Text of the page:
Rewriting Russia: Jacob Gordin’s Yiddish Drama
By Barbara Henry
University of Washington Press, 276 pages, $35
Barbara Henry’s new book recounts a telling anecdote about the opening of Jacob Gordin’s first Yiddish play, in 1891. As the play progressed, the New York audience became restless; it wanted more songs and diversion than it received from “Siberia,” a serious play about an escaped convict. After Act 2, actor and manager Jacob Adler came onstage and asked the audience to show some respect for a “famous Russian writer.” The audience members honored Adler’s request, but the actor had not been completely honest with them.
Although Jacob Gordin (1853–1909) was Russian, and his literary sources were indeed extremely well known, he himself was not particularly famous. Gordin became better known after he derived some of his plots and characters from Tolstoy and Turgenev, as Henry persuasively demonstrates in “Rewriting Russia: Jacob Gordin’s Yiddish Drama.”
The book examines in depth three of Gordin’s plays: “The Jewish King Lear,” “The Kreutzer Sonata” and “Khasye the Orphan.” Henry’s investigation of these Yiddish plays reveals how the Russian-born playwright came to adapt Tolstoy and Turgenev for theater audiences on Manhattan’s Lower East Side, transforming himself from journalist and religious reformer into a playwright who was actually famous.
By the time Gordin immigrated to New York in 1891, Henry notes, “reverence for Russian literature was a given among immigrant New York’s leftist Jewish intelligentsia, for whom Russian writers enjoyed a close association with a radical political activism.” Gordin benefited from that favorable literary environment, as he portrayed Russian characters and settings in his drama; but he was not simply exploiting the New York Yiddish audience’s Russophilia. Writing plays about Russian life allowed Gordin to revisit his own past, to draw on his earlier life and writing as well as on his former country’s literature, and to reshape Russian culture in new forms accessible to Yiddish speakers in America.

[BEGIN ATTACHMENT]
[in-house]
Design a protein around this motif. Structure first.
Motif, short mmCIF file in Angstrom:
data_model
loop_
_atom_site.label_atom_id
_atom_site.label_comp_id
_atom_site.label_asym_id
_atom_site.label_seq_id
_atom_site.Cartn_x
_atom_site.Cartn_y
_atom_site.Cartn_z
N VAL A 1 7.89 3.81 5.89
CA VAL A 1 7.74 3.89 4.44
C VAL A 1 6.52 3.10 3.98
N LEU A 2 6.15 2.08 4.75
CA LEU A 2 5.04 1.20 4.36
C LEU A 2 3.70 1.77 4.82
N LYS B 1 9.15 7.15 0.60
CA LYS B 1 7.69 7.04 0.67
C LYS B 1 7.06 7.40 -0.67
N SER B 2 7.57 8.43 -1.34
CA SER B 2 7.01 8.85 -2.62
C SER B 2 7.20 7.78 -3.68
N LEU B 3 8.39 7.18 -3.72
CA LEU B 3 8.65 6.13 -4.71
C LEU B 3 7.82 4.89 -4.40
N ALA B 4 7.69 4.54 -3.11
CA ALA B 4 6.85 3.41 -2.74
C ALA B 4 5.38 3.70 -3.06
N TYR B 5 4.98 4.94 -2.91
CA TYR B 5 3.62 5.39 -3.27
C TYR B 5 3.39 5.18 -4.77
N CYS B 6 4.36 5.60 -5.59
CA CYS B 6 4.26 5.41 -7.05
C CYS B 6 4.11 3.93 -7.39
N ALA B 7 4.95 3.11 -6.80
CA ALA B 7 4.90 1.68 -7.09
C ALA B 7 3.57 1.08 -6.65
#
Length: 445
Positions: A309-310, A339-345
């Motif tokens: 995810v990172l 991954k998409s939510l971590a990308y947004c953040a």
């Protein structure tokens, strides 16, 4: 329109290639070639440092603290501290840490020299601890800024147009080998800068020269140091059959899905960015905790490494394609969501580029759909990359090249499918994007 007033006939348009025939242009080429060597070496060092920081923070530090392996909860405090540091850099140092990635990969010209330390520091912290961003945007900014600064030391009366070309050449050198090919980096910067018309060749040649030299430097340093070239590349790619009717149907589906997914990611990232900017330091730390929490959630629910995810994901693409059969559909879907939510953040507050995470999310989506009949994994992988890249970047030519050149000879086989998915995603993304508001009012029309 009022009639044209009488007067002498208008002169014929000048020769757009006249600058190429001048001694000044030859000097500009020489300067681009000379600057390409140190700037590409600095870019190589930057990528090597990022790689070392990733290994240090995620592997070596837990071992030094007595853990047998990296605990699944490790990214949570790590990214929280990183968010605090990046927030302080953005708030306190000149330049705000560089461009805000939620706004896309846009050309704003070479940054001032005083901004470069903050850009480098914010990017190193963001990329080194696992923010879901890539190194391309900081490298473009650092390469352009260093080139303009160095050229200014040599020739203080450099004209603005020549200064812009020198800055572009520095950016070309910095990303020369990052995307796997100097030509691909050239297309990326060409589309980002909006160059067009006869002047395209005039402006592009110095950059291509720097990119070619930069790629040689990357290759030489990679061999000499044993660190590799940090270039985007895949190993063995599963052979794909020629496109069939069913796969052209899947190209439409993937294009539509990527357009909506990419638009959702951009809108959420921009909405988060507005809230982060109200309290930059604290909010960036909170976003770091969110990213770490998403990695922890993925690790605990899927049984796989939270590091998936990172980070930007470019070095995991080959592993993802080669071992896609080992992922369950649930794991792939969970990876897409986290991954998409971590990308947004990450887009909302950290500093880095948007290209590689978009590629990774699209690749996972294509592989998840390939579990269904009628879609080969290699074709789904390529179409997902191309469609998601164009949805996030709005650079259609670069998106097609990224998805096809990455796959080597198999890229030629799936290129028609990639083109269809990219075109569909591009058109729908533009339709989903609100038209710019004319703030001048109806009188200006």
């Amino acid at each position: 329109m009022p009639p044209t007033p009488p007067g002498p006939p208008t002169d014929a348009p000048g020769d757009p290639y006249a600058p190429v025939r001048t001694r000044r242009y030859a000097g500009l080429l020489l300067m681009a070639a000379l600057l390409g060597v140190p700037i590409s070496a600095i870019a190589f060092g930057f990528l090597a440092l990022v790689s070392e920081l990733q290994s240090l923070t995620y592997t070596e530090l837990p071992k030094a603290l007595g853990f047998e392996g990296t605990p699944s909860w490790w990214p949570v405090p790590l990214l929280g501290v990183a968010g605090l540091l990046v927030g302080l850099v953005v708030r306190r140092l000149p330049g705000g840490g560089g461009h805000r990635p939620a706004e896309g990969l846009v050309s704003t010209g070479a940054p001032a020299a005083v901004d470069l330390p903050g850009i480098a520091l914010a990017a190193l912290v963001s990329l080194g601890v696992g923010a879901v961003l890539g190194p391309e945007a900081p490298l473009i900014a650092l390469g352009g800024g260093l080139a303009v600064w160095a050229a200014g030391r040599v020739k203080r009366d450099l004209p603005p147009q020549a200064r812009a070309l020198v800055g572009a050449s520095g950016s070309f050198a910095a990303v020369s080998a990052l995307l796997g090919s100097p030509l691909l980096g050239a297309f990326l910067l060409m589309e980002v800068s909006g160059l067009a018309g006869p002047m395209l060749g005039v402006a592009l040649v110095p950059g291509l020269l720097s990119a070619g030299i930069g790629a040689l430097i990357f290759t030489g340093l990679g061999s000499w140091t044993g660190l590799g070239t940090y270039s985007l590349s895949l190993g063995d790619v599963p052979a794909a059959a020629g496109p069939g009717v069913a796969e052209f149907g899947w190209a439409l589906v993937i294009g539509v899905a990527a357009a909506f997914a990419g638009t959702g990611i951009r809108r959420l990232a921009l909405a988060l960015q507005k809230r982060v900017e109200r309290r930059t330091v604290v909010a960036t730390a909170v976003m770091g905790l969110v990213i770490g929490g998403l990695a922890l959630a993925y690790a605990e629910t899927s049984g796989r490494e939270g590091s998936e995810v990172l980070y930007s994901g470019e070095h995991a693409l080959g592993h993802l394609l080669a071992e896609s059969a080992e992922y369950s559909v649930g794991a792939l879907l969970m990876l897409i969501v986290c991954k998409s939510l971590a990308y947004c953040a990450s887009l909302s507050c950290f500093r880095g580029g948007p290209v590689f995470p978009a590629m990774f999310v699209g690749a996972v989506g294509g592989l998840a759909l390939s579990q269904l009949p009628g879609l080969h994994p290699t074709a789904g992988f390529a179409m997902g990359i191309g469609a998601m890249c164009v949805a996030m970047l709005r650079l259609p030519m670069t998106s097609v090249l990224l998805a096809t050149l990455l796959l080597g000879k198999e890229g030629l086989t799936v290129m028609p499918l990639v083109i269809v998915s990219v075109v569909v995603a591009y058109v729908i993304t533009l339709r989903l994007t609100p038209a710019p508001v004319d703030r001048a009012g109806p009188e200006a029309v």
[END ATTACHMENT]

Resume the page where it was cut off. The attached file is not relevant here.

Henry’s book explores, in her words, “the interconnectedness of Russia, Russian literature, and Russian Jews that Gordin’s plays insist on, and their belief that Russian culture is vital and essential for American Jews.” While admitting that her focus on three plays among the many written by her subject “constitutes a narrowing of focus that is at odds with the titanic nature of his energies and achievements,” Henry proceeds to find a wealth of artistic and social implications in her limited sampling.
Those interested in the performance history of Gordin’s plays will have to look elsewhere: to Joel Berkowitz’s fine writing on “The Yiddish King Lear”; Beth Kaplan’s Gordin biography, “Finding the Jewish Shakespeare,” or the reviews reprinted in Zalman Zylbercweig’s Lexicon of Yiddish Theatre. Henry focuses on play texts and their sources, not on stage production. Her subtle philosophical and aesthetic commentary establishes that while the plots of these plays are filled with sex, betrayal and murder, they are not simply the shund, or literary trash, so popular among audiences at the time.